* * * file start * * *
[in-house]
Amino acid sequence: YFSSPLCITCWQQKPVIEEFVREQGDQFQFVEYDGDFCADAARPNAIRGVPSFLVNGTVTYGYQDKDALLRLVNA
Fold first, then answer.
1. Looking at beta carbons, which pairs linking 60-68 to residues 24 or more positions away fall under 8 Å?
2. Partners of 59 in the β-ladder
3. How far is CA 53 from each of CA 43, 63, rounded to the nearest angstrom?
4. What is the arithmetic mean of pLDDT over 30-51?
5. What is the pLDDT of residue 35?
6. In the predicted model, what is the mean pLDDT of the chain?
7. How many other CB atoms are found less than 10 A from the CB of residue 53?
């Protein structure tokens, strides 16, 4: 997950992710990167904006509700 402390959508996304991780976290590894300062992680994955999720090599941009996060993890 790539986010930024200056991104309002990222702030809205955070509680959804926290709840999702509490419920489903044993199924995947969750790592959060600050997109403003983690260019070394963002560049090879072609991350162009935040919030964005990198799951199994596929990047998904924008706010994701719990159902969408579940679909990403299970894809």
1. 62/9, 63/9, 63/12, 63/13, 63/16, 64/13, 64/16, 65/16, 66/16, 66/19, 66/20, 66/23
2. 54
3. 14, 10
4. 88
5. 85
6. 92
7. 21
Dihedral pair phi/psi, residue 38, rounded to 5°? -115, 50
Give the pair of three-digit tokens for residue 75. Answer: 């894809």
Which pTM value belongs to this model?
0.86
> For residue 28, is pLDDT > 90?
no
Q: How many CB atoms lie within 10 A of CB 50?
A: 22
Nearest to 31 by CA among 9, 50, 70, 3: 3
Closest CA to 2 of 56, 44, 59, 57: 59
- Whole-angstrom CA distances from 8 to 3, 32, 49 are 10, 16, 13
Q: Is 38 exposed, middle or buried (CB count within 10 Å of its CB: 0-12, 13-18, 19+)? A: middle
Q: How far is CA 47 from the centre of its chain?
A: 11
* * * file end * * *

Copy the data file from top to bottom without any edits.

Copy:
[in-house]
Amino acid sequence: YFSSPLCITCWQQKPVIEEFVREQGDQFQFVEYDGDFCADAARPNAIRGVPSFLVNGTVTYGYQDKDALLRLVNA
Fold first, then answer.
1. Looking at beta carbons, which pairs linking 60-68 to residues 24 or more positions away fall under 8 Å?
2. Partners of 59 in the β-ladder
3. How far is CA 53 from each of CA 43, 63, rounded to the nearest angstrom?
4. What is the arithmetic mean of pLDDT over 30-51?
5. What is the pLDDT of residue 35?
6. In the predicted model, what is the mean pLDDT of the chain?
7. How many other CB atoms are found less than 10 A from the CB of residue 53?
């Protein structure tokens, strides 16, 4: 997950992710990167904006509700 402390959508996304991780976290590894300062992680994955999720090599941009996060993890 790539986010930024200056991104309002990222702030809205955070509680959804926290709840999702509490419920489903044993199924995947969750790592959060600050997109403003983690260019070394963002560049090879072609991350162009935040919030964005990198799951199994596929990047998904924008706010994701719990159902969408579940679909990403299970894809």
1. 62/9, 63/9, 63/12, 63/13, 63/16, 64/13, 64/16, 65/16, 66/16, 66/19, 66/20, 66/23
2. 54
3. 14, 10
4. 88
5. 85
6. 92
7. 21
Dihedral pair phi/psi, residue 38, rounded to 5°? -115, 50
Give the pair of three-digit tokens for residue 75. Answer: 């894809």
Which pTM value belongs to this model?
0.86
> For residue 28, is pLDDT > 90?
no
Q: How many CB atoms lie within 10 A of CB 50?
A: 22
Nearest to 31 by CA among 9, 50, 70, 3: 3
Closest CA to 2 of 56, 44, 59, 57: 59
- Whole-angstrom CA distances from 8 to 3, 32, 49 are 10, 16, 13
Q: Is 38 exposed, middle or buried (CB count within 10 Å of its CB: 0-12, 13-18, 19+)? A: middle
Q: How far is CA 47 from the centre of its chain?
A: 11